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Seoul Agrees To Pay More For U.S. Forces Stationed In South Korea

South Korean Military take part in a drill near the Korean Demilitarized Zone in Paju, South Korea, June 18, 2020.
Seung-il Ryu
/
NurPhoto via Getty Images
South Korean Military take part in a drill near the Korean Demilitarized Zone in Paju, South Korea, June 18, 2020.

SEOUL — The U.S. and South Korea struck a preliminary deal to share defense costs, as the Biden administration moves to quickly reassure allies and mend rifts opened by the Trump administration.

The U.S. agreement in principle follows a one-year deal recently struck with Japan, where the U.S. has some 55,000 military personnel. Both deals come less than two months into the new U.S. administration.

The deal is expected to cover several years, in order to give the alliance more stability, and be finalized when Secretary of State Antony Blinken and Defense Secretary Lloyd Austin embark on a tour this month to reassure allies in Seoul and Tokyo.

The U.S. State Department Bureau of Political Military affairs said the agreement in principle included a "negotiated increase" in Seoul's contribution to the cost of stationing some 28,500 American troops in South Korea, although it didn't specify the amount of the increase.

In 2019, South Korea agreed to an 8.2% increase in its contribution, in line with that year's increase in its military budget. Last year, it said its best offer was a 13% hike, which the Trump administration rejected.

The finalized deal will require approval by the National Assembly, South Korea's parliament.

The State Department added that the deal would reaffirm the U.S.-South Korea alliance as the "linchpin of peace, security, and prosperity for Northeast Asia."

The rift grew out of the Trump administration's reported demand for a 500% increase in Seoul's contribution. The demand led to an impasse in cost sharing talks, after the previous deal expired in late 2019.

This forced the U.S. side to furlough some 4,000 local Korean employees without pay for more than two months. Gen. Robert Abrams, the commander of U.S. Forces Korea said the furloughs eroded military preparedness.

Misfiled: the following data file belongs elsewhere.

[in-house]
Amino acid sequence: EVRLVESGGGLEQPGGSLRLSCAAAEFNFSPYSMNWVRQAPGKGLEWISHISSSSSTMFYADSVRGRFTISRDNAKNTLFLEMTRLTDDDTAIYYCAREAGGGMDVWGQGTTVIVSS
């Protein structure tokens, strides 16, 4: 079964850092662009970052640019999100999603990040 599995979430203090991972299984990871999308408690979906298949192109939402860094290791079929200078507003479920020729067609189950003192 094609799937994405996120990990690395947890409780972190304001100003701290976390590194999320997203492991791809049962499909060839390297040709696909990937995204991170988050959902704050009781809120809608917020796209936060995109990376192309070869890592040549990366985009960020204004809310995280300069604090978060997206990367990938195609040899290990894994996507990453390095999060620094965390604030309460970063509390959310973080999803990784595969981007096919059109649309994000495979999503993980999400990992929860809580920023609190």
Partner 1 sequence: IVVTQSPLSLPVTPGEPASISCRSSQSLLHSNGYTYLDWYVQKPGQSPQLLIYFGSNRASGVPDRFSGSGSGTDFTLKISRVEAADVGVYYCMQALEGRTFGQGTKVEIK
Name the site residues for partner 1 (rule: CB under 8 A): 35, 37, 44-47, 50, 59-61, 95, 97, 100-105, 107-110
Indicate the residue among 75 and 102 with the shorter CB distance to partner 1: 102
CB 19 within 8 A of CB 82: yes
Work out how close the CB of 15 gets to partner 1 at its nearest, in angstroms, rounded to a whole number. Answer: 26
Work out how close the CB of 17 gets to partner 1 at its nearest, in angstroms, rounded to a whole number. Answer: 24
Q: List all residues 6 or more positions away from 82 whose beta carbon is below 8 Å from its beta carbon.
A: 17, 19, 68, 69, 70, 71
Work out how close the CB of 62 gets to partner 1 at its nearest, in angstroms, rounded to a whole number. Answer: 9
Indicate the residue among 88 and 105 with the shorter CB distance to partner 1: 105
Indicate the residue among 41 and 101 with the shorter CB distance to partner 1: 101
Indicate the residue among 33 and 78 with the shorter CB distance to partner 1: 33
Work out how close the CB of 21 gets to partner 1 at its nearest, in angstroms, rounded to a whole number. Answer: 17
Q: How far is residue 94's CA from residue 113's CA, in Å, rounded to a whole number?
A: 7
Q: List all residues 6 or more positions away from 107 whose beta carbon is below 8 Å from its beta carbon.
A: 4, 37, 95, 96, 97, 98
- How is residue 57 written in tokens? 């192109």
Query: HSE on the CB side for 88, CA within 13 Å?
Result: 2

This led many in Seoul to feel that they were being fleeced, and that U.S. forces in South Korea could have been withdrawn if U.S. demands were not met, leaving the South to face a hostile North Korea alone.

The situation has been particularly disturbing for South Korean veterans who have served with the U.S. The two countries' armies fought together in Korea and Vietnam, and still serve together in South Korea in a combined unit, the US 2nd Infantry Division.

While former President Trump railed at Seoul, Tokyo and NATO allies as wealthy "freeloaders," the Biden administration has signaled that it intends to rely heavily on alliances to counter potential threats from North Korea, China and Russia.

While defense cost sharing deals may remove a major irritant to the alliance, it remains to be seen to what extent the Biden administration can enlist Seoul and Tokyo in confronting China, which is a top trading partner to all three nations.

By the same token, the Biden administration faces an uphill battle in trying to coax Seoul and Tokyo into shelving their long-running feud over historical issues, including Japan's 1910-1945 colonization of Korea, and presenting a united front to Pyongyang, Beijing and Moscow.

Copyright 2021 NPR. To see more, visit https://www.npr.org.

Anthony Kuhn is NPR's correspondent based in Seoul, South Korea, reporting on the Korean Peninsula, Japan, and the great diversity of Asia's countries and cultures. Before moving to Seoul in 2018, he traveled to the region to cover major stories including the North Korean nuclear crisis and the Fukushima earthquake and nuclear disaster.

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